Skip to main content

Technology Integration: Essential Questions (Part 1)

This online resource seeks to answer essential questions practitioners or program administrators might have when integrating technology into the classroom.
Author(s): 
P. Deubel
Author(s) Organizational Affiliation: 
Computing Technology for Math Excellence
Published: 
2005
Resource Type: 
Product
Number of Pages: 
45
Product Type: 
Abstract: 

The questions in the resource address a range of topics, for example, how is educational technology defined? How does it affect the learning process? What principles should guide one’s approach for integrating technology into instruction?  Answers to each question contain hot links to further resources, information, and examples of the principles in practice.  There are also tables that help the user sort information into a concise summation of particular topics.  It should be noted that the website is directed at a K-12 audience with an emphasis on mathematics, however much of the information is relevant to the general topic of technology integration. 

Note: The website also contains three other parts—Technology Integration Resources, Web Page Design, and Multimedia in Projects—which have not been reviewed by LINCS experts.

What the Experts Say: 

The resource is an informative summary of the theory and practice related to integrating technology into K-12 classrooms.  This particular page within the Computing Technology for Math Excellence (CT4ME) site is primarily meant as a resource for K-12 mathematics classrooms and teachers, but the resource on technology integration could be useful to adult educators. The web site as a whole is “devoted to teaching and learning mathematics (K-12 and calculus), technology integration, and the standards movement in education.”  Although math is featured in the section reviewed, most of the discussion about technology integration is not specific to math.  The principles can be applied to any area of instruction. 

The resource is rich in information and theory related to integrating technology into instruction.  It provides references to authorities writing in traditional print journals as well as in digital media.  Many links are provided to further resources, especially those relating to math (although reading is also presented in the context of reading math problems).  Readers are invited to make their own contributions to the web site which is viewed as a dynamic (evolving) resource.

A strong point of the resource is that it provides the theoretical underpinnings of integrating digital technology into instruction.  It stresses that technology should not be used for the sake of using technology but to improve instruction.  It points out that technology usage outside the classroom (e.g., instant messaging, blogs, email, chat rooms, wikis, videos on cell phones) has already changed the way students learn.  Table 1 shows how the theoretical base of instruction has evolved from behaviorism and cognitivism to constructivism to the new theory of connectivism.  An adapted form of Bloom’s Taxonomy for digital learning is also quite interesting and available as a link from this web site.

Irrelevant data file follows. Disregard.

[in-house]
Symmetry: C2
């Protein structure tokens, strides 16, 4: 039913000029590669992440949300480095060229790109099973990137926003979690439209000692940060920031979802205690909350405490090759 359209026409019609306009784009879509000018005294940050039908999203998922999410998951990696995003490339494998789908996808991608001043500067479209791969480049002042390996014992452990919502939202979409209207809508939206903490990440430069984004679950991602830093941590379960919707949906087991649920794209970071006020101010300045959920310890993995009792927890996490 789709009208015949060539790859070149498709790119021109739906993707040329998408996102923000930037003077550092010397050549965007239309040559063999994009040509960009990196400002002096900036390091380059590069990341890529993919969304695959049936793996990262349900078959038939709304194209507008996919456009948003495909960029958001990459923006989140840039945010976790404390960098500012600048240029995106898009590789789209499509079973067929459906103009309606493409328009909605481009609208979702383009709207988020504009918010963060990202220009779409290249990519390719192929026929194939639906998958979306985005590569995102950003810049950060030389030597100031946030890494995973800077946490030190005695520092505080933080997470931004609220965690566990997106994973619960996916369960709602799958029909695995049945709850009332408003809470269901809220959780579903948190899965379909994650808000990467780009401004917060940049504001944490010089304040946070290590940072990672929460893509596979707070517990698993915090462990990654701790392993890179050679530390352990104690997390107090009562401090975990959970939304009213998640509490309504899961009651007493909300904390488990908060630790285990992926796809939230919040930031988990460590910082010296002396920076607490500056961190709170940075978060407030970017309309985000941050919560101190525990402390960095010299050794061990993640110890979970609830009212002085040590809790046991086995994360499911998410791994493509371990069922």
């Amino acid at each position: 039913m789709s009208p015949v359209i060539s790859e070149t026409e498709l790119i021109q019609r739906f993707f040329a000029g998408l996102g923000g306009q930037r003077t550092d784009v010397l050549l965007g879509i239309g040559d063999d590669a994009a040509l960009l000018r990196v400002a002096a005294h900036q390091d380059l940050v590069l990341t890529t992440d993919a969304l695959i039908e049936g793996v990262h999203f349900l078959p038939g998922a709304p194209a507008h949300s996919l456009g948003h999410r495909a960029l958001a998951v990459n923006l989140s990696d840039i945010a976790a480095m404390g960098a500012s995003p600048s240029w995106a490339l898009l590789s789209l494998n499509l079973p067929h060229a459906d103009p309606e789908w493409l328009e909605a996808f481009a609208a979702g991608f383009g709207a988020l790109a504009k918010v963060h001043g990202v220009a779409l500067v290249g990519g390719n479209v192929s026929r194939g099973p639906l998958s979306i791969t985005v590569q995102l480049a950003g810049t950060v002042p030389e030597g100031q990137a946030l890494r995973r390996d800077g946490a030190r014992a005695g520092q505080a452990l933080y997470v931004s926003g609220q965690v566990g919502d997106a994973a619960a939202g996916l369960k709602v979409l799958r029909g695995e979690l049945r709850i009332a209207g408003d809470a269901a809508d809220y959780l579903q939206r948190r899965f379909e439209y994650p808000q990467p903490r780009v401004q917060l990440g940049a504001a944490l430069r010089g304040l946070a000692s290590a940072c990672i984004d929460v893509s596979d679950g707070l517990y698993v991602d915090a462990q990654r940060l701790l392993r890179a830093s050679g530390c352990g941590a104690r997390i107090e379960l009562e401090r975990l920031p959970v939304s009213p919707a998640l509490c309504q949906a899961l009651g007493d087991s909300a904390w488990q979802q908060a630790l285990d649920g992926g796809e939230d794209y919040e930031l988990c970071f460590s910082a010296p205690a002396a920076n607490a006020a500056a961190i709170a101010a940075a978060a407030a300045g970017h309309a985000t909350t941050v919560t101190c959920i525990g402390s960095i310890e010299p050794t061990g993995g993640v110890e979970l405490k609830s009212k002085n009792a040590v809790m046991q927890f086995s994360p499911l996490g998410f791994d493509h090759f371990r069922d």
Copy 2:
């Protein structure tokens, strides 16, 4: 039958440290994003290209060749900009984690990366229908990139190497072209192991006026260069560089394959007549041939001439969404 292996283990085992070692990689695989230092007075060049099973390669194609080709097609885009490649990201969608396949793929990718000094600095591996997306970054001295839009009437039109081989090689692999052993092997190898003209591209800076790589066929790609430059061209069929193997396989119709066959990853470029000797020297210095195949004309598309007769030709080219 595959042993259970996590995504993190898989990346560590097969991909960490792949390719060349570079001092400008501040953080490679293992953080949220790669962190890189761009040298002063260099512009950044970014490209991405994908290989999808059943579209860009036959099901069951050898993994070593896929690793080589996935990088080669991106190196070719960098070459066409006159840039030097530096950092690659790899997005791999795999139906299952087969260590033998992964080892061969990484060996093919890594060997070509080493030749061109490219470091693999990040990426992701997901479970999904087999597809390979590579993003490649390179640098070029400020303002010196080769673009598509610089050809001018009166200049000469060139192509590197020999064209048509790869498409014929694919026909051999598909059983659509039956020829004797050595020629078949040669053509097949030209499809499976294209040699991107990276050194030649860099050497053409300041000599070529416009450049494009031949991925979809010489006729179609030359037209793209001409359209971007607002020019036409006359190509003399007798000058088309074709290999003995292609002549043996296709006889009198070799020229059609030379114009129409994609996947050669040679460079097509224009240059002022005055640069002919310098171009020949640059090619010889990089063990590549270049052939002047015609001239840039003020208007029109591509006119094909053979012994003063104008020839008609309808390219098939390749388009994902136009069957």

Included within this resource is an overview that includes:

  • Definitions of educational technology, technological literacy, and technological integration;
  • An overview of the relationship between technology and learning processes;
  • Courseware and content;
  • Guiding principles and assessment for technological integration;
  • Links to web sites that provide descriptions and video of examples of technology integration.

Again, while this resource focuses on younger students, this resource may be quite useful as an overview, and it also provides a discussion of social collaborative (Web 2.0) technology and research. Newer technology tools are also mentioned (e.g., mobile technology).  This focus may be helpful to an adult educator who is exploring use of technology and online collaborative tools. There are myriad links to useful sites that are related to the overview that the site provides.

At the time of review, links to outside sources are up to date.

Note: This resource contains Google and Amazon.com advertisements and is a commercial site for the author’s consulting purposes.  There is no fee or registration required to access the site. The advertisements appear to be relevant to the resource topic and are placed near the end of the text and in sidebar, and on the subtle-side, but are present. The Amazon.com ads point to books that are related to technology integration.

This site includes links to information created by other public and private organizations. These links are provided for the user’s convenience. The U.S. Department of Education does not control or guarantee the accuracy, relevance, timeliness, or completeness of this non-ED information. The inclusion of these links is not intended to reflect their importance, nor is it intended to endorse views expressed, or products or services offered, on these non-ED sites.

Please note that privacy policies on non-ED sites may differ from ED’s privacy policy. When you visit lincs.ed.gov, no personal information is collected unless you choose to provide that information to us. We do not give, share, sell, or transfer any personal information to a third party. We recommend that you read the privacy policy of non-ED websites that you visit. We invite you to read our privacy policy.